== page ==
White nationalist, perennial troll, and leader of the "alt-right" movement Richard Spencer is giving a talk at the University of Florida in Gainesville today, Oct. 19. As usual, his presence in a university town has become a magnet for protests and counter-protests. And, as you can see from photos of protests at Richard Spencer's speech in Florida, the atmosphere is intense.
Before Spencer was slated to give his talk, students and residents of Gainesville gathered to protest his presence on the campus. In fact, the University of Florida initially tried to stop Spencer from coming to speak on campus, before they were threatened with a lawsuit, according to The Miami Herald and The Washington Post. The university's president has stated that, despite Spencer's presence on campus, he does not condone Spencer's message. He tweeted, "I stand with those who reject and condemn Spencer’s vile and despicable message."
An estimated 800 tickets were handed out for the event, but one theater manager told The Washington Post that there were only 400 people in the audience, including media.
Though his speech proceeded as planned, protesters disrupted him time and time again, chanting and even asking questions like "What was it like to get punched?" (Spencer was punched in the face at the inauguration. Twice. But, as The Verge reports, the memes are what really hurt.)
Spencer was one of the chief architects of the violent Charlottesville "Unite the Right" rally in August that led to the death of one anti-racist counter-protester. He has previously called for the "peaceful ethnic cleansing" of the U.S., and espouses racist and anti-Semitic ideology. He has previously denied being a racist, according to the Southern Poverty Law Center, but only weeks after Trump's surprising victory in Nov. 2016, Spencer gave a speech and, with it, a Nazi salute, saying, "Hail Trump, hail our people."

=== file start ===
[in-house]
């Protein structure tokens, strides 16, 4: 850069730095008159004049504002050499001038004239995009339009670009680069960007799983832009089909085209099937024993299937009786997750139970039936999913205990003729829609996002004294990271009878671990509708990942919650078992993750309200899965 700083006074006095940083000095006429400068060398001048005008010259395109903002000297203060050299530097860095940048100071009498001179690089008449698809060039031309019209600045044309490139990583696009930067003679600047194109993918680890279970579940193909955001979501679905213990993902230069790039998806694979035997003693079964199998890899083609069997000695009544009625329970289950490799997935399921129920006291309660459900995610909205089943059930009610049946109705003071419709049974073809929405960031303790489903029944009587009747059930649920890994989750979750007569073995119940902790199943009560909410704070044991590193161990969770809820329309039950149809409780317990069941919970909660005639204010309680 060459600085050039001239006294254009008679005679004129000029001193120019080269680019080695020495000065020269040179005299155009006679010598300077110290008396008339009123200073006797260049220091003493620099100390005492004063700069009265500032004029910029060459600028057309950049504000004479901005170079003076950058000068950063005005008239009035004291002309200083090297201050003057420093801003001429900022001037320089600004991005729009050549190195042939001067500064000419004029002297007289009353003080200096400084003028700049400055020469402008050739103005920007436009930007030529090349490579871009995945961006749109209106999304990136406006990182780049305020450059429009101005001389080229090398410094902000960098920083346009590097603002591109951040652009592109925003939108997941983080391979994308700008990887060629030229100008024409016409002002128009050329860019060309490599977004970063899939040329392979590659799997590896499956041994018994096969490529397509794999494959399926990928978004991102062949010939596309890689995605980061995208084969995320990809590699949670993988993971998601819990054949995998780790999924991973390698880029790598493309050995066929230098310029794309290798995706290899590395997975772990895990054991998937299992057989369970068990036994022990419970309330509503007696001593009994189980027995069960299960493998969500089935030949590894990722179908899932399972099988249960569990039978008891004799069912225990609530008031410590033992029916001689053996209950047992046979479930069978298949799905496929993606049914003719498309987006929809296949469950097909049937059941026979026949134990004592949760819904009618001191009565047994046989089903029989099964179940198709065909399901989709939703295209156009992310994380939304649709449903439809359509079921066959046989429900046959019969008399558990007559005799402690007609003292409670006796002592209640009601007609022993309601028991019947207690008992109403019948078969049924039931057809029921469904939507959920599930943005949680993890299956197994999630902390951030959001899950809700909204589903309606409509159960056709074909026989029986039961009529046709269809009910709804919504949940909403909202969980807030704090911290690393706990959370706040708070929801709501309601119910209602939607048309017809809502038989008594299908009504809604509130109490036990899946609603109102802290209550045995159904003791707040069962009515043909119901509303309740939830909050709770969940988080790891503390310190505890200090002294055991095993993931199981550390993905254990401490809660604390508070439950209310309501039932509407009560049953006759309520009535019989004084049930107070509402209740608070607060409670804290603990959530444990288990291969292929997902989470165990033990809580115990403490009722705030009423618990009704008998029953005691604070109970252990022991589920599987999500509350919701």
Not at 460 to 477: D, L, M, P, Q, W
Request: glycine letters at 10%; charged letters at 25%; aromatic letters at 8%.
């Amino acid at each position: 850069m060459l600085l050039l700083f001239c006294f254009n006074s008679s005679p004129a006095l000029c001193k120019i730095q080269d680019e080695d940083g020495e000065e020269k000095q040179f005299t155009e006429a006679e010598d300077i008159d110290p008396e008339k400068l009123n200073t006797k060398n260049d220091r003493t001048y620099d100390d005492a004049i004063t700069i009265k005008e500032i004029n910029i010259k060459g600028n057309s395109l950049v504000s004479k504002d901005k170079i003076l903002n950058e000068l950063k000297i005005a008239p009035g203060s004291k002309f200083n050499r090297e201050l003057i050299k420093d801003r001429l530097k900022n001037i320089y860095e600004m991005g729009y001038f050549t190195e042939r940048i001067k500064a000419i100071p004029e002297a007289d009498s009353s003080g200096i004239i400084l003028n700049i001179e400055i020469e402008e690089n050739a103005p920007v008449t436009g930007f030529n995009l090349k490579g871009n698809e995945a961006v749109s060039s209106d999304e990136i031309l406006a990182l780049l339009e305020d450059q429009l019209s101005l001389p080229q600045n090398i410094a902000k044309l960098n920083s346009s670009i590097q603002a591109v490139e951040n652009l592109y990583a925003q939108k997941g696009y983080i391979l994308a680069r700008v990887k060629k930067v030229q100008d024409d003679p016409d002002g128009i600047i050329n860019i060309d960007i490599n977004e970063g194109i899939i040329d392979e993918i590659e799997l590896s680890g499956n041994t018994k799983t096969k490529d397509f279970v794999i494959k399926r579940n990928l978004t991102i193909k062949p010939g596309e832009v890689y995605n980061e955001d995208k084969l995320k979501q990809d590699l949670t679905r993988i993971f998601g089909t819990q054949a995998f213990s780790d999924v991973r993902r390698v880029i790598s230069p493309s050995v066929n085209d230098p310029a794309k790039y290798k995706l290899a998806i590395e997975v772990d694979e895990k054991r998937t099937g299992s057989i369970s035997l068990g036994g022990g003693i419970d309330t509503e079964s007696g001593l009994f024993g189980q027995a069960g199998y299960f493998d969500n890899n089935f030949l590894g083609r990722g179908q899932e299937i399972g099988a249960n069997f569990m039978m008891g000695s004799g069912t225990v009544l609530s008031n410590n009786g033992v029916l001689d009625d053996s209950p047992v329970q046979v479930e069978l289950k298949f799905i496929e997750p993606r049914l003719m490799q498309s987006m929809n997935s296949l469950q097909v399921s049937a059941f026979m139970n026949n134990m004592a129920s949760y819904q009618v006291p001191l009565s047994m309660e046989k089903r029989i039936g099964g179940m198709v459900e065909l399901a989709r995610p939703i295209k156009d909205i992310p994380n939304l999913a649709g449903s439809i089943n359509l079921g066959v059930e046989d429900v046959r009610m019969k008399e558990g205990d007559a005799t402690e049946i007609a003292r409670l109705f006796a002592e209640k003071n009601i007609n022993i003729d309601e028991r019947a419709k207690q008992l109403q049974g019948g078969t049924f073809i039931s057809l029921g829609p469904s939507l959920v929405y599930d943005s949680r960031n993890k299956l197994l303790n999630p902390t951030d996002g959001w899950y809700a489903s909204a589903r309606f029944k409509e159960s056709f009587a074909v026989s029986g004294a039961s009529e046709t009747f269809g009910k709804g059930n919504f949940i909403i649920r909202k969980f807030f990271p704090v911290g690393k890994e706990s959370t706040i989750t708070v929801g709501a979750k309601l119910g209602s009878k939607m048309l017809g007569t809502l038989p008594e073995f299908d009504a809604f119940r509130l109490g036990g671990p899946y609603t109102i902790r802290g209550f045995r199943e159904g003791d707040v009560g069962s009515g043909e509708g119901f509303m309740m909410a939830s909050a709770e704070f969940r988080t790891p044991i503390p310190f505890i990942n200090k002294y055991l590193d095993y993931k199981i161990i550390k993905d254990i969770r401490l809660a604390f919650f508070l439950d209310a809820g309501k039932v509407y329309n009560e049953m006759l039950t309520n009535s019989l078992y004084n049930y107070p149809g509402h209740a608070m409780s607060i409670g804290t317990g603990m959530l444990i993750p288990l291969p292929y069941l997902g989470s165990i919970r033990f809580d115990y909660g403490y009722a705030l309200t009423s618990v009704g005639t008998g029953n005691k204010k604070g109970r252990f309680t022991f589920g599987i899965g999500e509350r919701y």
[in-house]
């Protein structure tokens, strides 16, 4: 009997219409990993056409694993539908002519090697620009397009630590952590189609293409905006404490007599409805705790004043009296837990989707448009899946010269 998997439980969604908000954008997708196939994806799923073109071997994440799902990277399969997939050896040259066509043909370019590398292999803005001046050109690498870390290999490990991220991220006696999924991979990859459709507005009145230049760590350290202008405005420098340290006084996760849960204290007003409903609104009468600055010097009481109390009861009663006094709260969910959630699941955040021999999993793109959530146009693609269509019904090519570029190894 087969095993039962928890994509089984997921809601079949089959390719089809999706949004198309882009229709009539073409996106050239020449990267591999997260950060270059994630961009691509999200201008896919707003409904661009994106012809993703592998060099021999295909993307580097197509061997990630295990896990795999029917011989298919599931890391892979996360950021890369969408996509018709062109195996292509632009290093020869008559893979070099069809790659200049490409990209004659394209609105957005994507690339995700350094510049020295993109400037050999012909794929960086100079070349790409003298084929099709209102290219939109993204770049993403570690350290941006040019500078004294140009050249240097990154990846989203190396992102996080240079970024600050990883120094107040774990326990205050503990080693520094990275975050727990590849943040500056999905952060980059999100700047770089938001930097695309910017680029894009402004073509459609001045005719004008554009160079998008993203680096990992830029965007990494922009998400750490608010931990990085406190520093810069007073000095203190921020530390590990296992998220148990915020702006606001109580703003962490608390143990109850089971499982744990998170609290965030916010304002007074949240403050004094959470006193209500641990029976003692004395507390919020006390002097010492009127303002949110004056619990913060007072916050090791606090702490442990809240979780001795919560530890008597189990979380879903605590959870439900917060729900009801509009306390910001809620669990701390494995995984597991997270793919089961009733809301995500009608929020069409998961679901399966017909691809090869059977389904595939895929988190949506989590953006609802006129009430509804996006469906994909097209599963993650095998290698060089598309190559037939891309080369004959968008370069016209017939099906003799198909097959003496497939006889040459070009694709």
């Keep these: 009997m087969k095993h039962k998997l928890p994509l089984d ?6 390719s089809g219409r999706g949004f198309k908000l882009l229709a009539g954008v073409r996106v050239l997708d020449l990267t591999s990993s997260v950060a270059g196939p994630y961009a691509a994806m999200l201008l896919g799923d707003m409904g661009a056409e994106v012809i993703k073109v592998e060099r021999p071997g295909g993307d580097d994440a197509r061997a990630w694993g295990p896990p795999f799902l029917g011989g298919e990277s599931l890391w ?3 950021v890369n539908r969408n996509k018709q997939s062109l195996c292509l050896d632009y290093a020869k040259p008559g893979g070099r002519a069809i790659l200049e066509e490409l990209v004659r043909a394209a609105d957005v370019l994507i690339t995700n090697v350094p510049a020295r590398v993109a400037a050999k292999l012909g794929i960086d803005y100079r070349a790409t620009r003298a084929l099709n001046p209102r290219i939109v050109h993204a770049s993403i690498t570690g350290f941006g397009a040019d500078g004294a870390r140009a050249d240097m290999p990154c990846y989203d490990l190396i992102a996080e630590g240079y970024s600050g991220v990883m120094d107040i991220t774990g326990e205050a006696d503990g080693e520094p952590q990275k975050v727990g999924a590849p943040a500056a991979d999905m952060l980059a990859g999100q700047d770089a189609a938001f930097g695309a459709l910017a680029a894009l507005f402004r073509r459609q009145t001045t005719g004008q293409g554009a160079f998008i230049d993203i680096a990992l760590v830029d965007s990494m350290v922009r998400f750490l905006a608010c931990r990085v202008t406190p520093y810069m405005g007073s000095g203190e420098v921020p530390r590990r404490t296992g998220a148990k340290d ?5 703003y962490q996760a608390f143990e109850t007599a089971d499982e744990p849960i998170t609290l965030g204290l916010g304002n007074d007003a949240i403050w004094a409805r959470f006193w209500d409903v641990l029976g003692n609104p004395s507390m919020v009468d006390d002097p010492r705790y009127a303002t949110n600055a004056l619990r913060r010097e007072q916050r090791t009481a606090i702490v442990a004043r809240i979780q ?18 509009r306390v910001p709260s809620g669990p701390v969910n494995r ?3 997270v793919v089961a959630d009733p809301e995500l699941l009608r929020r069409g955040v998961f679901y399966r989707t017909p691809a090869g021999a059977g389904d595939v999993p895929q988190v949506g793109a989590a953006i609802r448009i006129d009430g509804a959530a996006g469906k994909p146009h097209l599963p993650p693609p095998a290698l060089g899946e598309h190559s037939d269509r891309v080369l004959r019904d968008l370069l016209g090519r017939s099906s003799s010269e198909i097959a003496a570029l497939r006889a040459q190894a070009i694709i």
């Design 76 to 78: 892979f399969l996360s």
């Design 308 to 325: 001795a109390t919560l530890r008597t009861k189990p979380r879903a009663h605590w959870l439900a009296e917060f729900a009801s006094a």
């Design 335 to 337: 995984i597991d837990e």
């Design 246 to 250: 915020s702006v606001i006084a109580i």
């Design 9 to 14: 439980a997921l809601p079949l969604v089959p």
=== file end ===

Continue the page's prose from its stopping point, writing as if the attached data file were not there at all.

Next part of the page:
According to Hillel International, University of Florida has one of the largest Jewish student populations in the U.S., with 6,500 Jewish undergraduate students and 2,900 graduate students. There is also a sizable Latinx population on campus — another group that Spencer has targeted with his hateful rhetoric.
Content warning: there are photos featuring racist and anti-Semitic imagery ahead.
Members of the community and students marched in the streets.
And while protesters were there to stand up against Spencer's dangerous rhetoric, which consistently calls for ethnic cleansing and a white patriarchal ethno-state, many people approached the day with levity.
The protest outside of the event quickly became heated.
Spencer supporters clashed with protesters.
A man wearing a t-shirt with swastikas all over it started to taunt the crowd.
He was punched in the face during a shouting match between groups.
But the march was largely peaceful, and according to several bystanders, the man — who sported the red braces and shaved head of 80s neo-Nazis and, if it weren't obvious to passersby, swastikas — was goading on protesters.
Protesters also disrupted Spencer's talk.
Several journalists reported that protesters chanted. When Spencer got visibily frustrated and asked if they were adults, the protests just chanted louder.
Some protesters were also able to ask Spencer questions about his white supremacist beliefs.
Spencer's talk was more of the same: he claimed that white people are under attack, and that he is being silenced, despite, as historian and professor Angus Johnston pointed out, having an enormous platform at a public university.
Maybe Spencer was referring to the fact that people kept chanting over him, which seemed to get under his skin.
And let's give it up for the hero who asked him what it was like to get punched in the face.
Spencer did not like that.
*kisses fingers like a chef*
Keep on keeping on, Gators.